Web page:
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5 Foreclosure Swing States

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Most political pundits agree that the presidential race is tight, and the outcome could be decided in a few swing states where foreclosure activity is still high. Nationally, five states — Florida, Nevada, Ohio, Michigan, and to a lesser extent, Wisconsin — have borne the brunt of the housing market’s collapse. All of them are expected to be important  battleground states in the presidential campaign. Here’s how they stack up.

Florida — President Barack Obama carried Florida in 2008, but an avalanche of foreclosures has devoured the Sunshine State’s economy, and voters are angry. With 29 electoral votes, Florida is a big political prize. It has the third-highest  foreclosure rate and almost half of all borrowers are underwater, meaning they owe more on their mortgage than their home is worth. Florida foreclosures are rising again as more than 12,000 homeowners started the foreclosure process in July 2012, up 20 percent from July 2011 and the ninth straight month  where foreclosure starts increased from a year ago.

Ohio — Hard-hit Ohio has the nation’s eighth-highest foreclosure rate. With 18 electoral votes, the electorally rich Rust Belt state of Ohio is crucial to winning the White House. Ohio has backed the winning candidate in the past 12 elections. But with unemployment painfully high, Obama faces a huge challenge to match his 2008 performance in this troubled Midwest state. And foreclosures are rising again. While July 2012 foreclosure starts decreased after three straight months of increases, more than 2,300 Ohio homeowners lost their homes to foreclosure during the month, an increase of 25 percent from July 2011.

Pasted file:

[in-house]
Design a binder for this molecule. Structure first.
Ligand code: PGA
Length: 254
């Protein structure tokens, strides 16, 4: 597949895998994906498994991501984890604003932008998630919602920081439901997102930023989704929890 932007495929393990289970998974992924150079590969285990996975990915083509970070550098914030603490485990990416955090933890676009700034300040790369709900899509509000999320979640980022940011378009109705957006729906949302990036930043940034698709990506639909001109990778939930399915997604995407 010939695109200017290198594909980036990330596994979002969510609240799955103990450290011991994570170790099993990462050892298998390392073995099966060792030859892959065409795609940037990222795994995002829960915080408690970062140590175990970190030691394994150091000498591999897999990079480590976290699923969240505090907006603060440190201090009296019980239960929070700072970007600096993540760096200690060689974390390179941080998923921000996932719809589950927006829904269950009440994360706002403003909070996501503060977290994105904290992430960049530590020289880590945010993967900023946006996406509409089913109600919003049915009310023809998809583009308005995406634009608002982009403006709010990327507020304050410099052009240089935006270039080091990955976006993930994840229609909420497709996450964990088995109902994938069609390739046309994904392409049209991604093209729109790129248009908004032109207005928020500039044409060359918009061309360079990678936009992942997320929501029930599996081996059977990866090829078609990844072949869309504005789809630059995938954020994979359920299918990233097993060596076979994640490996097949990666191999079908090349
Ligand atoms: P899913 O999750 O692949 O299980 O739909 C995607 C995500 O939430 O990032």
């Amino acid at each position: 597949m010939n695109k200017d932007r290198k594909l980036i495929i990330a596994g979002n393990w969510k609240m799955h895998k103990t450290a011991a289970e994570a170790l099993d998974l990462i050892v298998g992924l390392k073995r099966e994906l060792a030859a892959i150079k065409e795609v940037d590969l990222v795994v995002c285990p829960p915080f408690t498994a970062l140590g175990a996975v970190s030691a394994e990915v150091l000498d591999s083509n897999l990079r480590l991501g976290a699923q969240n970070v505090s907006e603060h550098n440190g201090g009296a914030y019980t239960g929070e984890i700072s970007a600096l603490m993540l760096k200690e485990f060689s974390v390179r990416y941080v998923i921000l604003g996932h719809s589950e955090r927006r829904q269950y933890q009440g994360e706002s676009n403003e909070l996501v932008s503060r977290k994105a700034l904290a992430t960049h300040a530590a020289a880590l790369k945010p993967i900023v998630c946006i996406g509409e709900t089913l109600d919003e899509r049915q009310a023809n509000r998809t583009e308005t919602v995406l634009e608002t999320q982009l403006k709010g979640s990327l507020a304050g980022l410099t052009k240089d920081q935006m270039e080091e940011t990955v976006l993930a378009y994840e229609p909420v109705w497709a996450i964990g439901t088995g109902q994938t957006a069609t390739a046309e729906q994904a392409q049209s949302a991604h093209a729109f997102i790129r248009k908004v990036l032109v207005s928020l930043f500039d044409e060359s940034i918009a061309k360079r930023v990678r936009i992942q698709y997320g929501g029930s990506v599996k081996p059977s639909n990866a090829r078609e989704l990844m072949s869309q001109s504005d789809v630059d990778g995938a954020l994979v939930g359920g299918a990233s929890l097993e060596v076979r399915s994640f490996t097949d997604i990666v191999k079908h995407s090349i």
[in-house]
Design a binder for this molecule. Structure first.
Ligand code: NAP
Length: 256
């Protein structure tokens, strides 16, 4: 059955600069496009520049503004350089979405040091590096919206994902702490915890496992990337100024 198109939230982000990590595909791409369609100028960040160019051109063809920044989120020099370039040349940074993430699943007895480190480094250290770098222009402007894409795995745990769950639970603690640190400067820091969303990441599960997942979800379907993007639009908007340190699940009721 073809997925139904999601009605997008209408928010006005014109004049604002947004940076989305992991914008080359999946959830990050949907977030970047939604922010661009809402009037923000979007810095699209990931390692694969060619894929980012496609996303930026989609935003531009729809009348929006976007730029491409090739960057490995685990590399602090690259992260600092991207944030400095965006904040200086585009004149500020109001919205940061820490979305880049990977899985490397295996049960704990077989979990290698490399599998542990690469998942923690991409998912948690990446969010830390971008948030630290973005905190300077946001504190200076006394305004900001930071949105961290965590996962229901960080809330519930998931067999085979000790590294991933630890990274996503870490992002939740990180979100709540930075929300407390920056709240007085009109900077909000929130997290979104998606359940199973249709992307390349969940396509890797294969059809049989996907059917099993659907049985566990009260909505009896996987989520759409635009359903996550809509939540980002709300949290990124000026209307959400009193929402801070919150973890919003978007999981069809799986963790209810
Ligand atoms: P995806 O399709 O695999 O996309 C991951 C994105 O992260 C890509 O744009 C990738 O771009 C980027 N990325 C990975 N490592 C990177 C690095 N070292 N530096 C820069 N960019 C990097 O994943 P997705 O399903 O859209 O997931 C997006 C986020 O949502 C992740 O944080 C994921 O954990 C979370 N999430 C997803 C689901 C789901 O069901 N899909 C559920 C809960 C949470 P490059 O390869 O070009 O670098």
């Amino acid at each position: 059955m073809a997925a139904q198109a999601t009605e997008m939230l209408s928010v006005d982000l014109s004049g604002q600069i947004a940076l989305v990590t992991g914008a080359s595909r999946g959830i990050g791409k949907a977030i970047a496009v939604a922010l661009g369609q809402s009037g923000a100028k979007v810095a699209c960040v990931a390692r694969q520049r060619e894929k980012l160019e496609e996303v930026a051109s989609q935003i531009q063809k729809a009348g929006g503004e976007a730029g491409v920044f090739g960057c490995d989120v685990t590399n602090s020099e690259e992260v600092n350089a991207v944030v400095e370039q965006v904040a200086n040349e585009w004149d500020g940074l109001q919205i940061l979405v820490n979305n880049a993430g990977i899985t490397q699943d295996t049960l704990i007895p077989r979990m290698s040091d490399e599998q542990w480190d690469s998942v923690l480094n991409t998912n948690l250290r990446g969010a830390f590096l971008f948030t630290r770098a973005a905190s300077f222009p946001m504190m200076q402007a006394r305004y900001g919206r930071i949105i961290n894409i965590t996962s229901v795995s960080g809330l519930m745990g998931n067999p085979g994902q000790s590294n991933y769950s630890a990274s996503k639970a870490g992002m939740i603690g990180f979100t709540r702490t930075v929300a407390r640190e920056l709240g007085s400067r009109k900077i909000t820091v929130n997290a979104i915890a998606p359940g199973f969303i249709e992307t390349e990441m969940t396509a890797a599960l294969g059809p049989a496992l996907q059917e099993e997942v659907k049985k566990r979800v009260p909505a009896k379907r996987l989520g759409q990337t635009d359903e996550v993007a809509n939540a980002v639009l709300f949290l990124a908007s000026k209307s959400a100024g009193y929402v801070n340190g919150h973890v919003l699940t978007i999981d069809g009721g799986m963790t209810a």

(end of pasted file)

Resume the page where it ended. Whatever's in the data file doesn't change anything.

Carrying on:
Michigan — Ranked No. 7 in foreclosure rate, Michigan is a state where the economy will play a central role in the election, and where foreclosures and the government’s bailout of the auto industry will loom large. More than 4,000 Michigan homeowners started the foreclosure process in July 2012, an increase of 37 percent from July 2011. Republican challenger Mitt Romney was born and raised in Michigan, where his father was a popular governor. This will be a highly contested super-swing state, and Romney will fight hard, given his family ties, to win the Michigan’s 16 electoral votes.

Wisconsin — Since 2008, when president Obama was elected, bank-owned foreclosures have risen sharply in Wisconsin, selling at deep discounts that drag down overall housing prices. Romney’s running mate, Congressman Paul Ryan, hails  from Wisconsin and could help register the Badger State in the red column. More than 1,500 Wisconsin homeowners started the foreclosure process in July 2012, up 5 percent from July 2011. Democrats carried the state in the last six  elections — often narrowly — but the Romney-Ryan ticket needs to convince Wisconsin voters that they will do a better job than the incumbent. Ten electoral votes hang in the balance in Wisconsin.

Nevada — With the highest unemployment and foreclosure rate in the nation, Romney has a good chance of convincing the voters in Nevada that the policies pursued by the Obama administration have not worked. Obama beat Republican John McCain four years ago, but many Nevada voters blame the White House for the lingering economic woes and the still wobbly housing sector. Nevada has the nation’s sixth-highest foreclosure rate and nearly 60 percent of all homeowners are underwater despite 18 consecutive months where foreclosure activity decreased on a year-over-year  basis. The slowdown in foreclosure activity is at least partially the result of a new state law — AB 284 — that makes it harder to foreclosure in Nevada and  has caused foreclosure filings to plummet since October 2011, when the new law  was implemented. But a large Mormon population could help Romney win Nevada’s 6 electoral votes.

At this point, the 2012 election is shaping up to be much closer than 2008. Obama has the benefits of incumbency, but also a dismal economic record to run on. For Romney, the election is within his grasp, but the road to victory runs through these five foreclosure swing states, which collectively control 79 electoral votes.

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